productivity, how it mimics what we do in the u.s., you looked at last hour. the i have to get my -- give my hat trick a plug. down we go in productivity. i would suggest this is confronting every single g-7 nation. francine: it is. it brings us back. i love talking about productivity. we have a great story by jeff blackout on the bloomberg terminal and on the web saying we are just measuring things wrong. does gdp even count anymore. becauseasuring things of what we are selling. tom: do you want to jump in? i do not think -- i will give you the point, francine, as not accurate. i don't know how much it is. >> i think the bigger one for
the fed is what role does productivity have? there is no role for monetary policy. you can put the long-term rate lower and lower. you will get a lower rates. how do you address productivity? that has to come from the government. . francine: you have to say, gdp, whether you get rid of it, or it differs,measure it is extremely suffering to keep up with the pace of the economy. i guess the question is what comes next? that is skewed by the monetary policy. >> it is kind of like gdp, what do you change it for jack tom? brought it up.
i'm sorry, this is the story at jackson hole. the bread line is miles from .here the fed is clearly all central bank's will have to come in. may be the central bank is ahead. it is extraordinary, as we go to friday, and janet yellen speech, and how far the vigilantes are from the academics. pushed backhave for some time. i think the academics have much more of a role to play. this is the jeff black story. they do not buy streaming service for months. what are we measuring? tom: i agree with that. there is a big debate last week, the idea of productivity and the diffuse bit of technology, how we use capital, how we use
labor. we do not even know with the technology fits in there. >> no, we don't. i would go back to the. plot -- the dot to summarize. you wake up on wall street, once again facing another big week from the fed, if you see that line at the bottom of the plot. the question i would ask is this . i had the condition to know that if the green light comes down towards me, why should i pivot towards them. i have been right, they have been wrong. tom: why don't you pivot towards the makeup room? really an interesting one day to get your week going. we will continue that. we will be joined this morning in the data clock hour. what a wonderful time to speak about the unorthodox economy and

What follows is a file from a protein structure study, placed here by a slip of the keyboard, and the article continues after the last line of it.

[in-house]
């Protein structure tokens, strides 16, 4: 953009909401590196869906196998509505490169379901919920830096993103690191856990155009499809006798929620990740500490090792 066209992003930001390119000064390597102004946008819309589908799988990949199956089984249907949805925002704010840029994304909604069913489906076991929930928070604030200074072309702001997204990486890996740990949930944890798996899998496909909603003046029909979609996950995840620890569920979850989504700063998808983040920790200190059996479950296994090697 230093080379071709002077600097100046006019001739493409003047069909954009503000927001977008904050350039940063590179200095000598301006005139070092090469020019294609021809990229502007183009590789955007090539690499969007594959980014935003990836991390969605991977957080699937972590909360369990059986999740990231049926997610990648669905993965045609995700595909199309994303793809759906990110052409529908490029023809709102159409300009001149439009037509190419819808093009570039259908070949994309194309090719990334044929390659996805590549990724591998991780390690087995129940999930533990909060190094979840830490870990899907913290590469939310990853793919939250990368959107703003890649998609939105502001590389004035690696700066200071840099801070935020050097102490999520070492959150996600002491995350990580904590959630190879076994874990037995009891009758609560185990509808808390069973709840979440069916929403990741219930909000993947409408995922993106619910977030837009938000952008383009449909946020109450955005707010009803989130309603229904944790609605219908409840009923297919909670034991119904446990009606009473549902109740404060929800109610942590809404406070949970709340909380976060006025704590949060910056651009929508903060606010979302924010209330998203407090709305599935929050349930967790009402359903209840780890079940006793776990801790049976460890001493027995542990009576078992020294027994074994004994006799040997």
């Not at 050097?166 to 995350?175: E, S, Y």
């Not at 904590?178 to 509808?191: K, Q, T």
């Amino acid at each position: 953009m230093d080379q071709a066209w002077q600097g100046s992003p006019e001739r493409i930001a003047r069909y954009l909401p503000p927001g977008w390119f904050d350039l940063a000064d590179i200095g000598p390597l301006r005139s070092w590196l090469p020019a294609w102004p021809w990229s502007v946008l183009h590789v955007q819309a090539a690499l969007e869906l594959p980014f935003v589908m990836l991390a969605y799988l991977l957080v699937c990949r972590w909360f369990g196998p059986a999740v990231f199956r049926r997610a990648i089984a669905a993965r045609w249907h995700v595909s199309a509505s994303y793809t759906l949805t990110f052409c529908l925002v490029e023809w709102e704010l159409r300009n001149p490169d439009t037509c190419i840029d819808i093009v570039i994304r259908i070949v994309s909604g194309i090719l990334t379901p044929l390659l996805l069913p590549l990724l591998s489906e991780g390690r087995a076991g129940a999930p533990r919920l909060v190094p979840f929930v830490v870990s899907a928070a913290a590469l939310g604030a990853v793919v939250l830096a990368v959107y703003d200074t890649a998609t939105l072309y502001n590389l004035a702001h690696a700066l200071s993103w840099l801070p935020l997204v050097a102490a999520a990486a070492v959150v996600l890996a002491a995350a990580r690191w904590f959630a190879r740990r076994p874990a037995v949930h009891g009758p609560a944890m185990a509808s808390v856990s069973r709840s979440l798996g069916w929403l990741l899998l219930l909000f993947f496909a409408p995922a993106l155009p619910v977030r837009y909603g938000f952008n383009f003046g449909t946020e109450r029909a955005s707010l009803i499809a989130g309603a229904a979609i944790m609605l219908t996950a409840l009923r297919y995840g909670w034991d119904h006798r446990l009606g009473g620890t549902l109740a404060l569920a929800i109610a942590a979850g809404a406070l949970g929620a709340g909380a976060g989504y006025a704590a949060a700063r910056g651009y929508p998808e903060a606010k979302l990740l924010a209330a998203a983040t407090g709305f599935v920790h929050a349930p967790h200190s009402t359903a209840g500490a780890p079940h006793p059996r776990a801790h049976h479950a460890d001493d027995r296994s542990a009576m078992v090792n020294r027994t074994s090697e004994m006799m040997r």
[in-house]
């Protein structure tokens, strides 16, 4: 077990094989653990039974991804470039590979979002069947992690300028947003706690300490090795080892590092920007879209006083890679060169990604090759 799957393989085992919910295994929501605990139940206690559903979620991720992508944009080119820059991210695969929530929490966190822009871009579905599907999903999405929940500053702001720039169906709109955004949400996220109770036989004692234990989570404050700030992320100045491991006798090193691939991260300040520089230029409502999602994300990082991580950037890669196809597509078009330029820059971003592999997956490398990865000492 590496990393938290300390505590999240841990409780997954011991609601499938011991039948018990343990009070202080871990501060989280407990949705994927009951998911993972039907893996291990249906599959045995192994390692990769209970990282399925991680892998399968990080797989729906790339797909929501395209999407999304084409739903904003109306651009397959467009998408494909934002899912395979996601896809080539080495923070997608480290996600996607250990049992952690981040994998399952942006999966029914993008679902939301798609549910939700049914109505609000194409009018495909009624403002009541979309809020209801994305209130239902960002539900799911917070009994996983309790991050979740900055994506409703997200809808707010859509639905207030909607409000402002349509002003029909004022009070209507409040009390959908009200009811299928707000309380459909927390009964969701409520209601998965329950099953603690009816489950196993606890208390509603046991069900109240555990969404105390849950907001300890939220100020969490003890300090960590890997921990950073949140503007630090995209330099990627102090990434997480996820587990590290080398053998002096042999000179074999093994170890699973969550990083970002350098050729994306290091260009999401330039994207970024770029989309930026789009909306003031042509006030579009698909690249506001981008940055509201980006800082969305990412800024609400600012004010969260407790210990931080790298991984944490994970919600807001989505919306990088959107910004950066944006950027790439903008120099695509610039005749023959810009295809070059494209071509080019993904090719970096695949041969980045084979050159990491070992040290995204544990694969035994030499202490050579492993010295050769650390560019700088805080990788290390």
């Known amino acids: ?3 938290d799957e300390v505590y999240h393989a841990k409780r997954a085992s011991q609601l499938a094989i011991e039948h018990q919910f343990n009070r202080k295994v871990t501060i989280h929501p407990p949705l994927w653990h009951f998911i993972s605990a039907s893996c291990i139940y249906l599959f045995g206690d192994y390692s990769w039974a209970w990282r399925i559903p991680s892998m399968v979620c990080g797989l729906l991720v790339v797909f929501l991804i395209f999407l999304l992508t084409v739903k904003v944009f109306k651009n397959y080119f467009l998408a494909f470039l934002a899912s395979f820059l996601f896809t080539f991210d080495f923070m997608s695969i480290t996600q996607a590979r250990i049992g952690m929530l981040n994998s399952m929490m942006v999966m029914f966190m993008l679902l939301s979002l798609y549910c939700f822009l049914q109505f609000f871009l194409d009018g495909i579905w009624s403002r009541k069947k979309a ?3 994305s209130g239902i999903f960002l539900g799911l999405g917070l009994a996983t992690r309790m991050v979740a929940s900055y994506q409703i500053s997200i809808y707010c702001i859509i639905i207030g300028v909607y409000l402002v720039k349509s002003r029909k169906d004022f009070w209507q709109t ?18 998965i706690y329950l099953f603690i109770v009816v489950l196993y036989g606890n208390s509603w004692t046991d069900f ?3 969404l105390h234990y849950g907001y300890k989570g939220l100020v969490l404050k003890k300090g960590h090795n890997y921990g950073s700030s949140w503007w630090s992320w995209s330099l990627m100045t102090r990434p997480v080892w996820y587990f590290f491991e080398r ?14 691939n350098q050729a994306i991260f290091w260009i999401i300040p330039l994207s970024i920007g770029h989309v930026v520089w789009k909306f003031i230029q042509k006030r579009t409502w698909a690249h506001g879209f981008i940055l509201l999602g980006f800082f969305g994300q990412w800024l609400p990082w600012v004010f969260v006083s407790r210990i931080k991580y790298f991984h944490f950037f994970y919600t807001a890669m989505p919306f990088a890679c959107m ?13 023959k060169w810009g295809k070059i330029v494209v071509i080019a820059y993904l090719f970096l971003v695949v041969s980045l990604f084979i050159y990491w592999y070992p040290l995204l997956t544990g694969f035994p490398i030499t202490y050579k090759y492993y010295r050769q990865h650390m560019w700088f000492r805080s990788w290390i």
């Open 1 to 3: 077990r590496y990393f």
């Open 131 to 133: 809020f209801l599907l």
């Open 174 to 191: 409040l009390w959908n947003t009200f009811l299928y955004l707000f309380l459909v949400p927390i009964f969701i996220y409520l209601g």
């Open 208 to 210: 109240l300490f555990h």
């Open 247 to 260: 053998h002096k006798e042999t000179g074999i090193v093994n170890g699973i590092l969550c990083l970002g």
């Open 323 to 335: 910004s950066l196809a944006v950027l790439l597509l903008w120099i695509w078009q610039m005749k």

francine: you are watching bloomberg surveillance. i am francine the plot in london. before we get on to politics, and of course, macroeconomics, let's get some corporate news. taylor: pfizer is supposed to complete a blockbuster deal to buy levitation. an agreement could be announced today. if the deal goes through, pfizer would be acquiring of prostate cancer drug, already available in the u.s.
an unprecedented dispute with the supplier that has halted deliveries while the company that is it out in court. fei vice-president, stanley fischer, indicating that a rate hike this year is still be considered. he said that he expects growth to take off in the coming months. that is the bloomberg business flash. tom: thank you so much. to the global audience now, this is a great image. already shaker is not only my number one advisor, he is onset set with us. he has been very focused on what is going on with the president shall election. this was the first weekend that was almost normal. >> it was relatively quiet.
sort of like the calm after the storm. things will pick up this weekend. tom: this is a delicate issue. in "the washington post" an article scathing about hillary clinton's health, and donald trump's health. >> people say that hillary clinton is fine, the same with donald trump. normally turn presidential records aredical released. that has not happened yet. with donald trump, one never knows. he has not shared his tax returns. tom: what does the campaign start? is it this traditional william mckinley first tuesday of september, or will we wait for the debates? >> for me, september toy six,
the first debate. tom: that is my date. are sillythey editorials on this. how much do we understand whether donald trump is in it to win a? does he want to be president or is he just increasing his brand? to behink he does want president. he is finding it difficult to define himself. ofsome ways this reminds me the yankees of the vacant 70's, when there is constant turmoil. strikings within distance of the polls. if you remember, the yankees o won. francine: do we believe the polls that he could turn it around, or do we action not believe the polls? >> the polls have been relatively good so far this season. you have to believe them.